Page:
Newport Harbor grieves over death of Anthony Zavala

During Jeff Brinkley's 28 years as coach of the Newport Harbor High football team, thousands of fans have cheered the Sailors on during games.

Not many stood out as visibly as Anthony Zavala did on those Friday nights. He made his presence felt well before the 7 o'clock kickoff.

At home or on the road, Zavala found a way to be the first person to greet the Sailors before they made it onto the field. He high-fived them and encouraged them outside the locker room. The same process repeated itself at halftime, when the Sailors went back to the locker room. When they returned to the field, Zavala was there to back the Sailors.

Seeing a familiar face meant a lot to the players, especially to Zavala's son, Joseph, who's autistic. Football united father and son ever since Joseph, at age 8, wanted to play football like his dad.

Joseph went from a player who rarely made eye contact with members of his team to putting fear into the eyes of whoever lined up across from him. Joseph, in his senior season, turned into one of the top linemen in the area, earning Daily Pilot Newport-Mesa Dream Team and first-team All-Sunset League honors.

Joseph's mother, Peggy, always says football has been a miracle in Joseph's life. Anthony was Joseph's No. 1 fan, his best friend. From the stands, everyone in the stadium could hear Anthony on his plastic megaphone yell, "Bust the line, Joe!"

On Saturday, the day before Father's Day, Joseph remembered his dad and his impact on his life. He can still hear his dad cheering him on.

Anthony Zavala passed away on Wednesday from a severe head trauma injury he suffered during a skateboarding accident in San Clemente, said Peggy. He was 50.

"My dad was really important to me growing up because of my autism and developmental disorder," said Joseph, who played in the Costa Mesa Pop Warner football program. "He was always there for me. I'm going to miss him."

Zavala is survived by Peggy, his wife of 22 years, his four children, Alvin, Angel, Jalil and Joseph, his parents, Joe and Sue Holguin, and his eight siblings, Virginia, Joanna, Lily, Gerard, Alex, Scott, Tom and Mike.

Zavala's death has devastated the Zavala family. Peggy said the family was in the process of moving from Costa Mesa, and Joseph's graduation at Newport Harbor is on Thursday.

Everyone who knew Zavala remembers how he would end every conversation with, "If you get in trouble, give me a call." Now, his family needs help.

The Newport Harbor football program has stepped in and is helping the Zavala family during this trying time. Members of the program's booster club is providing meals for the family and raising money for the funeral expenses. People can donate at and by typing "Anthony Zavala" in the search box. Peggy said the family plans to have a paddle-out Saturday at 6 a.m. at 20th Street, the south side of Newport pier, honoring her husband, who enjoyed surfing, and his burial at sea in a couple of weeks and a memorial service in a couple of months.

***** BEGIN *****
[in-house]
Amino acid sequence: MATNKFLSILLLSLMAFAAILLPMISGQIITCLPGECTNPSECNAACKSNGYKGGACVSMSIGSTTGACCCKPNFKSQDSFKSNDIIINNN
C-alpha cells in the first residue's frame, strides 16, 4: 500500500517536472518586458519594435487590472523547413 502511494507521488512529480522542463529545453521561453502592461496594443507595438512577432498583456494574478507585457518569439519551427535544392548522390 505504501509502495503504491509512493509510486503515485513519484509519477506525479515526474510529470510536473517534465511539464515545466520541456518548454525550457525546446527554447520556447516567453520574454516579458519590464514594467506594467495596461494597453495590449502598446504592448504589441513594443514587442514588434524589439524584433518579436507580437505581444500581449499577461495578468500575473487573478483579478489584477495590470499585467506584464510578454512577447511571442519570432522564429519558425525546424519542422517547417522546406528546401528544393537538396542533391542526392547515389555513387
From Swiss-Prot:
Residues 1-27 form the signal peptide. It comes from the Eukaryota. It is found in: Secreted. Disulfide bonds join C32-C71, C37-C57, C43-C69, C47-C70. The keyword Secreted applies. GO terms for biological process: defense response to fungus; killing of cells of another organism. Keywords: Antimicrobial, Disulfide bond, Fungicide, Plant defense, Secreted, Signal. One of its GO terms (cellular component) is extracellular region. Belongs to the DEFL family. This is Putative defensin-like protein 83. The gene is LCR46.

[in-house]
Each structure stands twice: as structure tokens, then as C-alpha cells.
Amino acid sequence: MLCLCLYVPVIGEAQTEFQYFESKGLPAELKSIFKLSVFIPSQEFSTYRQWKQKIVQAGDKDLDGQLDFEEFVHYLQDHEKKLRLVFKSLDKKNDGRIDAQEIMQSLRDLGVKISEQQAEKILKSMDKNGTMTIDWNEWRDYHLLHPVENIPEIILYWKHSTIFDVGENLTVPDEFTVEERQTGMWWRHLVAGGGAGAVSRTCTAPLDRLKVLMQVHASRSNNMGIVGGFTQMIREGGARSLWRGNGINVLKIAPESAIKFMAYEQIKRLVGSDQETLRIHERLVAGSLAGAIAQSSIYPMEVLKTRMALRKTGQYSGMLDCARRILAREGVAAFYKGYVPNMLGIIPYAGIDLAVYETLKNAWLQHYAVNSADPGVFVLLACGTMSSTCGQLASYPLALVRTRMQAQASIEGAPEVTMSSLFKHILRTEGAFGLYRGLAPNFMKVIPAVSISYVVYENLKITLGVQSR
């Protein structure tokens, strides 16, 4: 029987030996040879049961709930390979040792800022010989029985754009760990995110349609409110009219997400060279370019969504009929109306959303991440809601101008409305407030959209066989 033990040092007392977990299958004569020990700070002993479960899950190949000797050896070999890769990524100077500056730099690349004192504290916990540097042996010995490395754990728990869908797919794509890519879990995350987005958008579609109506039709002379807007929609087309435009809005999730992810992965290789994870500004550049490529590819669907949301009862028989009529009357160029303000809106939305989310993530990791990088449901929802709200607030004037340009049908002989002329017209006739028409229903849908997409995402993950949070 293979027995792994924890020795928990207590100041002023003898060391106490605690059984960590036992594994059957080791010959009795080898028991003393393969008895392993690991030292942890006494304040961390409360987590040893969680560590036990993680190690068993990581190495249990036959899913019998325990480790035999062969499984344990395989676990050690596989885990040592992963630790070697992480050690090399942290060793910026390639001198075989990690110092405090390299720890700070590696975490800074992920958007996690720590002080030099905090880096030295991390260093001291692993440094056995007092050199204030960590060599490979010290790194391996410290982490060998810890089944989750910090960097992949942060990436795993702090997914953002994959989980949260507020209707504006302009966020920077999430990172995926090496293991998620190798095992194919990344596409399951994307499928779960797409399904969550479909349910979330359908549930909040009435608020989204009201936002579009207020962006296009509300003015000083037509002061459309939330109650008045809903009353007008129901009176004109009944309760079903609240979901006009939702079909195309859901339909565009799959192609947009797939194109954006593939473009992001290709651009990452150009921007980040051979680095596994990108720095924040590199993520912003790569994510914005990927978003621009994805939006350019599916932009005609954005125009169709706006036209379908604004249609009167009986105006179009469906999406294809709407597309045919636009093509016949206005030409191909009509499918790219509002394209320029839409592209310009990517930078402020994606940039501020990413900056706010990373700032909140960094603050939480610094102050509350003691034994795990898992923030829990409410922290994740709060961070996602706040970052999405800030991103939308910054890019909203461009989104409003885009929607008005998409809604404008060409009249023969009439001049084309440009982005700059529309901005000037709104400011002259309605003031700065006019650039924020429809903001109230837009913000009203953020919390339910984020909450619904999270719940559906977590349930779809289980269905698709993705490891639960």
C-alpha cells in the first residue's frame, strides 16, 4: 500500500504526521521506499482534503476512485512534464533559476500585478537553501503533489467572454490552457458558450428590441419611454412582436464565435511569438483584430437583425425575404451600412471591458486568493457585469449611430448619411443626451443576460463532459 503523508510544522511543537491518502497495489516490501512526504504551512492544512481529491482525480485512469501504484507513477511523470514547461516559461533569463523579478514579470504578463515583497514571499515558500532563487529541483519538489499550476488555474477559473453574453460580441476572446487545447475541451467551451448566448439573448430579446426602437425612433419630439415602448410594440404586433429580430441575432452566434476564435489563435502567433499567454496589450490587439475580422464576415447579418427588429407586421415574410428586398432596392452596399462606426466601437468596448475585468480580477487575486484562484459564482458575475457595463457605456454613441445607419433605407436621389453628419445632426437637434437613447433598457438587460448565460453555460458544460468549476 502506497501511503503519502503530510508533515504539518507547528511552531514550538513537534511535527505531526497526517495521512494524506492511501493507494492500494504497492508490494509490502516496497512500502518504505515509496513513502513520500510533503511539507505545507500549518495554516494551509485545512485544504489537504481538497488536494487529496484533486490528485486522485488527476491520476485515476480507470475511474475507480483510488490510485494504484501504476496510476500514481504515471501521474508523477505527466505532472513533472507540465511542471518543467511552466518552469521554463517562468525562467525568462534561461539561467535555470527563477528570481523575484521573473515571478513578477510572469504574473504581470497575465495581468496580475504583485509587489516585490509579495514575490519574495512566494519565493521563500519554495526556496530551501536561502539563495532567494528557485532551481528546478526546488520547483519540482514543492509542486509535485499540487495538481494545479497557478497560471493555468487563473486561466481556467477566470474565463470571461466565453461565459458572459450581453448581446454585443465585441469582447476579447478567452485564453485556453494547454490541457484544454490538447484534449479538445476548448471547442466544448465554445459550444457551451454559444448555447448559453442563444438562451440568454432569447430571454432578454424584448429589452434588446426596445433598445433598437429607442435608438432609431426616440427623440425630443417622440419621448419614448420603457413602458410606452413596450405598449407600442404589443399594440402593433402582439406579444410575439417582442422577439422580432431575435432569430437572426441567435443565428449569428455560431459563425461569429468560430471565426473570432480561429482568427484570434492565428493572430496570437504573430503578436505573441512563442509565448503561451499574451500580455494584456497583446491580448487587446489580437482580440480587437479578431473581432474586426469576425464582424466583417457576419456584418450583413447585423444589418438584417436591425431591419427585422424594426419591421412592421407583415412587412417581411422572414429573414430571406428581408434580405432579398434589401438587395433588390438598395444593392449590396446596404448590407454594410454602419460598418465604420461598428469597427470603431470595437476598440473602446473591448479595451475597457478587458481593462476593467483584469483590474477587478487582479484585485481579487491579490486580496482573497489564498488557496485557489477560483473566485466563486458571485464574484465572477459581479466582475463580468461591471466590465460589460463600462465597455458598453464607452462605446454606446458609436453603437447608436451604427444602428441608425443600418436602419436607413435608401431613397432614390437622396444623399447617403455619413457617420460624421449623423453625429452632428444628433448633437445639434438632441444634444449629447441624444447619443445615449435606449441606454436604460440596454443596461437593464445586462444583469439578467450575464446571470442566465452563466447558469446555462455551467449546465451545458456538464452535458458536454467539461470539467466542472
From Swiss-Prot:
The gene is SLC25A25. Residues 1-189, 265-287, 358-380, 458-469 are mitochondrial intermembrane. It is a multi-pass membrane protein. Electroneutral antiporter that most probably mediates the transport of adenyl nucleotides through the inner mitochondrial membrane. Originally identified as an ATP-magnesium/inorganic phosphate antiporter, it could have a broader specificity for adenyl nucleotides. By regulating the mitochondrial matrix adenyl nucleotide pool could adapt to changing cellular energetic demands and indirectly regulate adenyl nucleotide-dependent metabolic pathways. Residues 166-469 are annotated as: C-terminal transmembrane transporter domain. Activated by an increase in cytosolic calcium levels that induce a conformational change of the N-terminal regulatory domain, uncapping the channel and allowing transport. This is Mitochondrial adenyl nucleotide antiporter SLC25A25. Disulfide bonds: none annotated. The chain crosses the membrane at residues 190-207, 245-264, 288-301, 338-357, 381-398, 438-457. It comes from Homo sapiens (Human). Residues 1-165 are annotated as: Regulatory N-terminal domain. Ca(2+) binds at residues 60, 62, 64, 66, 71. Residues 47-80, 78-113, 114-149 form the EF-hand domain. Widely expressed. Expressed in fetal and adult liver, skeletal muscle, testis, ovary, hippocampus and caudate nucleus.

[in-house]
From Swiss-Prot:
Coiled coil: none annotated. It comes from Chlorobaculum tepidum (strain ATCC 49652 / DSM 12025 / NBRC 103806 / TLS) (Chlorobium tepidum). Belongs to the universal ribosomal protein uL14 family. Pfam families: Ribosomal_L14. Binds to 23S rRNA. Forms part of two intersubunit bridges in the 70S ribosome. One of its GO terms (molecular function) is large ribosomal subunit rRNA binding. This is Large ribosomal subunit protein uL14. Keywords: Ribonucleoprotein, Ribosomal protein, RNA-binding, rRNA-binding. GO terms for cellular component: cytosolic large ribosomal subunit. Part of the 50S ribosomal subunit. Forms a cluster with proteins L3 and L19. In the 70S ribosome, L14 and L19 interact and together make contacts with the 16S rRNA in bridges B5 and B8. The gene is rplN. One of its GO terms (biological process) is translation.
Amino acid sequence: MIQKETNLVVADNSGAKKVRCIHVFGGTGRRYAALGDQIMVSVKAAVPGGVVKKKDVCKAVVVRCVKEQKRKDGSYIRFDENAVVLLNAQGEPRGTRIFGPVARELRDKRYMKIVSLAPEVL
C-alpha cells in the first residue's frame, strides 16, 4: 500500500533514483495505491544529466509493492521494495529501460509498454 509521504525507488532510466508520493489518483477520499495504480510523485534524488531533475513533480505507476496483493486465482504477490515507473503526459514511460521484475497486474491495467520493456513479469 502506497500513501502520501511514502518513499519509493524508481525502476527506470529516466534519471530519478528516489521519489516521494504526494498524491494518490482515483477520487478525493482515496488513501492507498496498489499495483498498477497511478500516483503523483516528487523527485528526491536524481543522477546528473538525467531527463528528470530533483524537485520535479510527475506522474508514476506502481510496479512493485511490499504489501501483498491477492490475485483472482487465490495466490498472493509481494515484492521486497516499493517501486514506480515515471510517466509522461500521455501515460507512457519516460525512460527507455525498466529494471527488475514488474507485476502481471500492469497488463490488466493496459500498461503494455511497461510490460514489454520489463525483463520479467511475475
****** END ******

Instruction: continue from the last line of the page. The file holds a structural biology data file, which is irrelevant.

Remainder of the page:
"The beauty of our program is that we're a family and we're willing to help," Brinkley said. "If you can help, please do so, because Anthony was the biggest cheerleader we had. He loved the program and I know all the kids appreciated him and his encouraging words."

"We're all thinking of Joe and his family right now."

Zavala not only touched the football program, but also the band. He sat next to the band, cheering the members on when they performed during games. The band hasn't forgotten.

"The whole band is trying to get something together for the family," said Linda Duffy, who used to be on the board of directors of the Newport Harbor Music and Education Foundation and whose son, Colin Duffy, played with Joseph this past football season.

"Anthony was louder than any fan. He didn't only cheer for the team when it was winning. He was a big supporter of the boys on the team that didn't get on the field, or didn't play as much. He would tell them, 'You're really a big part of the team. If it weren't for you guys, the good players wouldn't have players to practice against and get ready for games. You made them and the team better.'"

You can say the same about Zavala's contributions as a fan, as a dad. Joseph wore No. 65 in honor of his dad's number when he played football at La Quinta High. Both played right guard.

The latest Zavala to line up at the position played a vital role to the Sailors reaching the CIF Southern Section Southwest Division final in December. Dad never made it onto the field that day at Angel Stadium to greet the Sailors before the game, and they wound up losing to Huntington Beach, 42-28.

That wasn't Joseph's last football game. He plans to play at Orange Coast College next season. Joseph believes his father will be making noise from high above, where he will be high-fiving angels during his son's games.

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